The use of female circumcision is increasing the number of deaths of young girls in indigenous communities, said the National Indigenous Organization of Colombia (ONIC) said Thursday.
The practice “indiscriminately affect[s] the human rights of indigenous girls,” it said in a statement released on its website, in which it called on Colombian authorities to take action.
The statement follows the recent death of a 15-day-old baby from an indigenous tribe in western Colombia after the removal of her clitoris in a banned ancestral practice.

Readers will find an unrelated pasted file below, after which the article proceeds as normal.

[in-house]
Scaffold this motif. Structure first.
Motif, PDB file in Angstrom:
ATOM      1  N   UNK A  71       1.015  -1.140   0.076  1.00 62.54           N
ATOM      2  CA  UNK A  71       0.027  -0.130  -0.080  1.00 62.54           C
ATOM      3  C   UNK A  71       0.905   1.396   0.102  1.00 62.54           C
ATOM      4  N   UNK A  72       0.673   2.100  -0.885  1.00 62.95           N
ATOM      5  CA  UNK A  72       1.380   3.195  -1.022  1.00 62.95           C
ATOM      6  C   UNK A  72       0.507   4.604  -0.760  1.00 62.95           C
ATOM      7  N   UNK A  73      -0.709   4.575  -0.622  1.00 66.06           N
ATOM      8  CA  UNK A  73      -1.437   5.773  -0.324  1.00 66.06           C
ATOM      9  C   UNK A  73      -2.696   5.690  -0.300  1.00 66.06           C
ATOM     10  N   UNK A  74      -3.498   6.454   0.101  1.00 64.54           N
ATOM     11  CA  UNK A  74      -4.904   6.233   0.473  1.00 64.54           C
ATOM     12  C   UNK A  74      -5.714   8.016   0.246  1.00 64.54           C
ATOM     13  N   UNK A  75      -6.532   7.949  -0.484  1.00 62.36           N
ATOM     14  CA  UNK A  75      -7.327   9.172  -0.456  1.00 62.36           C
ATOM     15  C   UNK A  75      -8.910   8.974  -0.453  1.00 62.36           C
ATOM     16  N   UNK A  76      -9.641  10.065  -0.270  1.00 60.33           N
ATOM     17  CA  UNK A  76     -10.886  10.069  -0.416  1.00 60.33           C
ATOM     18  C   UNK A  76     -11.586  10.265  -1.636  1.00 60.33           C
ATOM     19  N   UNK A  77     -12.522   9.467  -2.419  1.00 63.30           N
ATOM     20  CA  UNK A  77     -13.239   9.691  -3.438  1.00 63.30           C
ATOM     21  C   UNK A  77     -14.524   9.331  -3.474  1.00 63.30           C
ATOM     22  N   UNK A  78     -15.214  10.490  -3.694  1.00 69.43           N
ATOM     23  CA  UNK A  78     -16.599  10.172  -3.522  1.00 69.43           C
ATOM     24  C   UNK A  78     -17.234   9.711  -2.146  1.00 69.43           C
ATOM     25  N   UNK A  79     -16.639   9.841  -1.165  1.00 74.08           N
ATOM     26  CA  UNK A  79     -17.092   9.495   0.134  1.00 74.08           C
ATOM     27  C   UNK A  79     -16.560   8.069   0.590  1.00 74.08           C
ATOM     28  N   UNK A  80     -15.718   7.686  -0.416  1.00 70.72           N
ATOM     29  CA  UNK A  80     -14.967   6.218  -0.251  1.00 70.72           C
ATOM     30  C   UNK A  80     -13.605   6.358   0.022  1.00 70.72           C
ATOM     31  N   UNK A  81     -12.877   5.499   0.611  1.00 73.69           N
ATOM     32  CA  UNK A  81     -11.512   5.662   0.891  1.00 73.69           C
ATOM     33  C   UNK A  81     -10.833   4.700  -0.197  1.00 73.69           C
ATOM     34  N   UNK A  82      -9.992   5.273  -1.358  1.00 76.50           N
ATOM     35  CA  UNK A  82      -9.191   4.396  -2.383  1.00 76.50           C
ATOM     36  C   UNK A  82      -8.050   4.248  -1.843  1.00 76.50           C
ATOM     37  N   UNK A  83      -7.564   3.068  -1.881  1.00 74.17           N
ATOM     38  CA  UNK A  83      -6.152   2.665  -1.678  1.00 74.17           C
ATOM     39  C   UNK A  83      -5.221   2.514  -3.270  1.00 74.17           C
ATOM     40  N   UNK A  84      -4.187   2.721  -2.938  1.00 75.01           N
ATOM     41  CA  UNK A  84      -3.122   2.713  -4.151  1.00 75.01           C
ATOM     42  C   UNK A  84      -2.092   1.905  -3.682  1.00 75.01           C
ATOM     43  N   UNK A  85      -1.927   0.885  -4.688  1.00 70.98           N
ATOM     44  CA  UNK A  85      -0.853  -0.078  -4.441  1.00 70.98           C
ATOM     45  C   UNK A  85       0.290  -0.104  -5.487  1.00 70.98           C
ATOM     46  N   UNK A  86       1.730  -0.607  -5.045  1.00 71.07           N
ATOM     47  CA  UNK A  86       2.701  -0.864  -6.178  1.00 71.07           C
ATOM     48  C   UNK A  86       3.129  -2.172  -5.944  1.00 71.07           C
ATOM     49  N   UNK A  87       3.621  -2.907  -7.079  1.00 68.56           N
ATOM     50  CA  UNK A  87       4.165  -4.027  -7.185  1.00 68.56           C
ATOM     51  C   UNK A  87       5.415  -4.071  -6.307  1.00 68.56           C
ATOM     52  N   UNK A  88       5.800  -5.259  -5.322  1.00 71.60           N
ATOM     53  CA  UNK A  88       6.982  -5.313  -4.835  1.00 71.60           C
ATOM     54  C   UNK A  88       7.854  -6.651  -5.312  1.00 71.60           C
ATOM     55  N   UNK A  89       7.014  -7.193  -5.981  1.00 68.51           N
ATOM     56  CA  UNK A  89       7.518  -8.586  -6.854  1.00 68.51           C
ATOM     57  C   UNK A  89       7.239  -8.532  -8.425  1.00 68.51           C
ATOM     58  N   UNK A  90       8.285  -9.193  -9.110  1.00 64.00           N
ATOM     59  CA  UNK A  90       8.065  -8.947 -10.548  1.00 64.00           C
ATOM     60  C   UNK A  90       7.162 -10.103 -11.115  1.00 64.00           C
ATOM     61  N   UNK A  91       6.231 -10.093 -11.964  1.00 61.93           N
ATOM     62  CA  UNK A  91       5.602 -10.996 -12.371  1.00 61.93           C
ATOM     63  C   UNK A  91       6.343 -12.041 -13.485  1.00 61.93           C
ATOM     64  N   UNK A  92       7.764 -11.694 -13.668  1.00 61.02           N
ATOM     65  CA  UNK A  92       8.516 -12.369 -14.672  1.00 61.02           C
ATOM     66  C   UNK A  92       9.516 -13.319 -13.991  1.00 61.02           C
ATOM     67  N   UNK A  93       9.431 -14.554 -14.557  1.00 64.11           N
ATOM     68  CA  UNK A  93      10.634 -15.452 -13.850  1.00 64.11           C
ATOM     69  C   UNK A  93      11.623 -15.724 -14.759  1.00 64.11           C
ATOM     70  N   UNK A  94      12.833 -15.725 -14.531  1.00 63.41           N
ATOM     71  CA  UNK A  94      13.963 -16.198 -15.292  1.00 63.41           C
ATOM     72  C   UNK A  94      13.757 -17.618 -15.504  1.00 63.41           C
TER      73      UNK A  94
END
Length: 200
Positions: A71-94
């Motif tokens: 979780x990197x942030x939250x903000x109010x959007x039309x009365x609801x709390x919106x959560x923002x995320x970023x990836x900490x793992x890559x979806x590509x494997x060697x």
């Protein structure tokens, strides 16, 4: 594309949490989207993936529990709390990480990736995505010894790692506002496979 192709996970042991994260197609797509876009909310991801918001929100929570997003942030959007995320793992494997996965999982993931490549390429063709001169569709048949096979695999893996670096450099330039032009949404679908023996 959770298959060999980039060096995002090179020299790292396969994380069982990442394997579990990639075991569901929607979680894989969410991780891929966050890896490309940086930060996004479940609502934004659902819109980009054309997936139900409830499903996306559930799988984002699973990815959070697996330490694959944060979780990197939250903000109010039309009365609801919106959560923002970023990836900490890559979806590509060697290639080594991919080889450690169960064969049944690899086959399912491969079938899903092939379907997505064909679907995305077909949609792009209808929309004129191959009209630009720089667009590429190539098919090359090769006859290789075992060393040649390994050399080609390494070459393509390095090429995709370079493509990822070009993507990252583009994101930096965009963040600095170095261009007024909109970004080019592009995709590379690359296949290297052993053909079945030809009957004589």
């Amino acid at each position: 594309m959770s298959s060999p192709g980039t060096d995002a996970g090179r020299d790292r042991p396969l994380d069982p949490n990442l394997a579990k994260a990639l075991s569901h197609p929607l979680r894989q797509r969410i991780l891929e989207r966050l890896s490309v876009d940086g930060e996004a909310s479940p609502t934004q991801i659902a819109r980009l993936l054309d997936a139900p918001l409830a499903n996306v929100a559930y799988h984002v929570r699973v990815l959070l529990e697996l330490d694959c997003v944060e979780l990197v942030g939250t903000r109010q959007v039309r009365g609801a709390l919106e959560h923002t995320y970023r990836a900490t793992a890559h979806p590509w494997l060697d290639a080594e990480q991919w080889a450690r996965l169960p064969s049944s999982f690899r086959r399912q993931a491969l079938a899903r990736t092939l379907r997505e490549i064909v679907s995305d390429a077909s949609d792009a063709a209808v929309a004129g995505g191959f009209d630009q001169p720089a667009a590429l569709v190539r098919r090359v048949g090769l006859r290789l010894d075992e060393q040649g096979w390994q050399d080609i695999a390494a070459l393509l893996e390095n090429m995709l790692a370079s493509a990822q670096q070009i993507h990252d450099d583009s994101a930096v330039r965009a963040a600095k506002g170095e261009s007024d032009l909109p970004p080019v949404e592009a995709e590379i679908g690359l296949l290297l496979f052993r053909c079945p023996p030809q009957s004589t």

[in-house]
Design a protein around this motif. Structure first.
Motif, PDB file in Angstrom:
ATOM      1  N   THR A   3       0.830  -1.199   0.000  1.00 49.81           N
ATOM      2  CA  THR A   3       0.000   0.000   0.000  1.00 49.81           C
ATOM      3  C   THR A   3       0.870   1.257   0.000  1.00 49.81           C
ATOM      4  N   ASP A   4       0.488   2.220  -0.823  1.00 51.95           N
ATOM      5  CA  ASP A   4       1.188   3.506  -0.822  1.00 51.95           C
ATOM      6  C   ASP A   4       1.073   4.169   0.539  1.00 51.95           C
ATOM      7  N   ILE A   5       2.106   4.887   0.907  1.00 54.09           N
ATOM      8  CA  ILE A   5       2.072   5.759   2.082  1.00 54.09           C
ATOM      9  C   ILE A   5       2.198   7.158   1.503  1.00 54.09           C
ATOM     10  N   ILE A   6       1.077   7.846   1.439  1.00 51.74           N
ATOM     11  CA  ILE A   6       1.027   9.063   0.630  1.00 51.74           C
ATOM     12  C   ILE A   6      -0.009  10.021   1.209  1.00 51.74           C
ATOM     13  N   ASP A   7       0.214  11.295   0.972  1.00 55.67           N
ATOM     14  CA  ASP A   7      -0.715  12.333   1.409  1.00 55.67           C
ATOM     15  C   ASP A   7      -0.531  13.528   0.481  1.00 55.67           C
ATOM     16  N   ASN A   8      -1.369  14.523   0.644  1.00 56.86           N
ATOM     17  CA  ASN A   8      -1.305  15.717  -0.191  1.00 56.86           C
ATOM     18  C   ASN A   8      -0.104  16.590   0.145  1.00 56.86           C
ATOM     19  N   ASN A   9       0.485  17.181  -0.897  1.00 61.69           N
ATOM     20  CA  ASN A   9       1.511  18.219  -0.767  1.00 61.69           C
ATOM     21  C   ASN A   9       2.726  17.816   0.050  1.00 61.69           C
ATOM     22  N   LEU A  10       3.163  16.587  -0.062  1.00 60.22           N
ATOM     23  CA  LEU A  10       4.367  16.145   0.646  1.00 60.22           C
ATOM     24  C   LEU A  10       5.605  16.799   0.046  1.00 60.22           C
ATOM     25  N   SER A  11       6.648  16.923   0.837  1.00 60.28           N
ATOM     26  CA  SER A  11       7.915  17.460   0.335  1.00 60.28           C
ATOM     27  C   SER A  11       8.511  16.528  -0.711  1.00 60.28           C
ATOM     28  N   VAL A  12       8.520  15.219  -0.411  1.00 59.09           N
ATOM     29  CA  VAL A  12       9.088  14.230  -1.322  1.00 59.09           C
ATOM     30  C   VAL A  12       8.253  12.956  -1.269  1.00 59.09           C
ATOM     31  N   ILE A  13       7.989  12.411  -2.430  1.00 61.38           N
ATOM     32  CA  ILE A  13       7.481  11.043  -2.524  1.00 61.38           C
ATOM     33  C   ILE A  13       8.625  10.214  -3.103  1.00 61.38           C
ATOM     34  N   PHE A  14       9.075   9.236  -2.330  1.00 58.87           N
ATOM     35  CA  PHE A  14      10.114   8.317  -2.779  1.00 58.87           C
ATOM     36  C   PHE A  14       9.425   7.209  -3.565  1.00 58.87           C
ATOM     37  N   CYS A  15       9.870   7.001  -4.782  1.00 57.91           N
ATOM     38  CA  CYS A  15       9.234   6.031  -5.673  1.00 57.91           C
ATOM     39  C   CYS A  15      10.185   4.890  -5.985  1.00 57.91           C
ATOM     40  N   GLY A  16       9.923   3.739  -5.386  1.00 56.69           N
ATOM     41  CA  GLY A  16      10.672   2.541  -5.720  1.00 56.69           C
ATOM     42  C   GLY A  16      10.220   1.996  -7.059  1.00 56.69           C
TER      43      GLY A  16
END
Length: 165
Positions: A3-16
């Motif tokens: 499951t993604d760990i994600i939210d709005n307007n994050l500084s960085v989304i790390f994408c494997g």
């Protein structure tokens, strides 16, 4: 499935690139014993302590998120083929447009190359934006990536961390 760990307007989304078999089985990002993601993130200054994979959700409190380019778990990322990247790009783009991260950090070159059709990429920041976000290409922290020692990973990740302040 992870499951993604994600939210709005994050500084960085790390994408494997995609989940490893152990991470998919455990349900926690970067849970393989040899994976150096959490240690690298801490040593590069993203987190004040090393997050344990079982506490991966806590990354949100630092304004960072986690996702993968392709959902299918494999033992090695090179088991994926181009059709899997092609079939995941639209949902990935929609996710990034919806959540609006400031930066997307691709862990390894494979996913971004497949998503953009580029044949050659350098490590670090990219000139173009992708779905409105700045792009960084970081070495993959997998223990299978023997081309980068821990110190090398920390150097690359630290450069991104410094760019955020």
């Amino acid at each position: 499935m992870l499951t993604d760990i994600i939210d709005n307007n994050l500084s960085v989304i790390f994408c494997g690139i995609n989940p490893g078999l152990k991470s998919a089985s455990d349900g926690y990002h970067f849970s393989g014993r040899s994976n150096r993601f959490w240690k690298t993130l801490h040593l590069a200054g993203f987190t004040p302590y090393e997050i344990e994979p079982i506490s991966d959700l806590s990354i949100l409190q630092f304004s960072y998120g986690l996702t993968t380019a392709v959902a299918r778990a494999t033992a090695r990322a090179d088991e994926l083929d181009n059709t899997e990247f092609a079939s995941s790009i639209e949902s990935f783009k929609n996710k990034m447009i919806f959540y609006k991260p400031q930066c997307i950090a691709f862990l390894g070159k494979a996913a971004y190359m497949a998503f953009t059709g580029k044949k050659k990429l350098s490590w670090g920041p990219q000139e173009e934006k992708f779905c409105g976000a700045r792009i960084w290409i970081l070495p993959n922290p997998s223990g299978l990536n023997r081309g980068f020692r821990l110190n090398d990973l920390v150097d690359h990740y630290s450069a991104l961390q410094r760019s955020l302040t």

The infant, who died of a haemorrhage, belonged to the Embera-Chami tribe in the Valle de Cauca department, who pledged in 2010 to end the practice of female genital mutilation (FGM).
The mayor of Ansermanuevo, Jose Luis Herrera, said the case is being investigated by Colombia’s Prosecutor General’s office. He went on to say the mayor’s office will be implementing a social program that will “change this kind of cultural activity.”
The ONIC released a statement in January for the need to address “the grave humanitarian situation facing Colombia’s indigenous people, who continue to be subjected to killings, displacement, rape, child abuse and serious and gross human rights violations.”